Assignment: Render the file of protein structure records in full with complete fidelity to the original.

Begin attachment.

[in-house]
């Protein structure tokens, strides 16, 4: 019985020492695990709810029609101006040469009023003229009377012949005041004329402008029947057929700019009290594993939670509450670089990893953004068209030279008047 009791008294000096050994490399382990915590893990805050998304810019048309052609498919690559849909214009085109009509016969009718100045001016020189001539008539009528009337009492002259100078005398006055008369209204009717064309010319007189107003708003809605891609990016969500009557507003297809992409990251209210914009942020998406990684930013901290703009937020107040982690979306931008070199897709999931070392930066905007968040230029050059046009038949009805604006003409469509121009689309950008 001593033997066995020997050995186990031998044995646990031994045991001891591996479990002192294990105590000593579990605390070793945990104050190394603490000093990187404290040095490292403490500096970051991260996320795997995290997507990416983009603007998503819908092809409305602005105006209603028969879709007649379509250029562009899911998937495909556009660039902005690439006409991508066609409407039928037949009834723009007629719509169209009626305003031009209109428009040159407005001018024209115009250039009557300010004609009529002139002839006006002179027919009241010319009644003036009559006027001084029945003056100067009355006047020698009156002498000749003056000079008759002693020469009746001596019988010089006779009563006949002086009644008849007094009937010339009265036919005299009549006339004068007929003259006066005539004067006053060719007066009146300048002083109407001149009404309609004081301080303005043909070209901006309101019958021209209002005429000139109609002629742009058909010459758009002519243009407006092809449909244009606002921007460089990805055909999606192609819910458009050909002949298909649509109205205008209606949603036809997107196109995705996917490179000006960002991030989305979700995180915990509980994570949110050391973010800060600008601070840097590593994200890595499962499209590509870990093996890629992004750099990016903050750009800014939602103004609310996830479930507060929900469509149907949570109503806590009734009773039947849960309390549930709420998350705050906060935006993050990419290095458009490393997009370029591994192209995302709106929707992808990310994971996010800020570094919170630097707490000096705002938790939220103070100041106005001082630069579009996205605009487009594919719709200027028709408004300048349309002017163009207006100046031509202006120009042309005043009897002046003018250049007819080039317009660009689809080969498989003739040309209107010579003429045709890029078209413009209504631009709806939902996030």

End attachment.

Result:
[in-house]
């Protein structure tokens, strides 16, 4: 019985020492695990709810029609101006040469009023003229009377012949005041004329402008029947057929700019009290594993939670509450670089990893953004068209030279008047 009791008294000096050994490399382990915590893990805050998304810019048309052609498919690559849909214009085109009509016969009718100045001016020189001539008539009528009337009492002259100078005398006055008369209204009717064309010319007189107003708003809605891609990016969500009557507003297809992409990251209210914009942020998406990684930013901290703009937020107040982690979306931008070199897709999931070392930066905007968040230029050059046009038949009805604006003409469509121009689309950008 001593033997066995020997050995186990031998044995646990031994045991001891591996479990002192294990105590000593579990605390070793945990104050190394603490000093990187404290040095490292403490500096970051991260996320795997995290997507990416983009603007998503819908092809409305602005105006209603028969879709007649379509250029562009899911998937495909556009660039902005690439006409991508066609409407039928037949009834723009007629719509169209009626305003031009209109428009040159407005001018024209115009250039009557300010004609009529002139002839006006002179027919009241010319009644003036009559006027001084029945003056100067009355006047020698009156002498000749003056000079008759002693020469009746001596019988010089006779009563006949002086009644008849007094009937010339009265036919005299009549006339004068007929003259006066005539004067006053060719007066009146300048002083109407001149009404309609004081301080303005043909070209901006309101019958021209209002005429000139109609002629742009058909010459758009002519243009407006092809449909244009606002921007460089990805055909999606192609819910458009050909002949298909649509109205205008209606949603036809997107196109995705996917490179000006960002991030989305979700995180915990509980994570949110050391973010800060600008601070840097590593994200890595499962499209590509870990093996890629992004750099990016903050750009800014939602103004609310996830479930507060929900469509149907949570109503806590009734009773039947849960309390549930709420998350705050906060935006993050990419290095458009490393997009370029591994192209995302709106929707992808990310994971996010800020570094919170630097707490000096705002938790939220103070100041106005001082630069579009996205605009487009594919719709200027028709408004300048349309002017163009207006100046031509202006120009042309005043009897002046003018250049007819080039317009660009689809080969498989003739040309209107010579003429045709890029078209413009209504631009709806939902996030």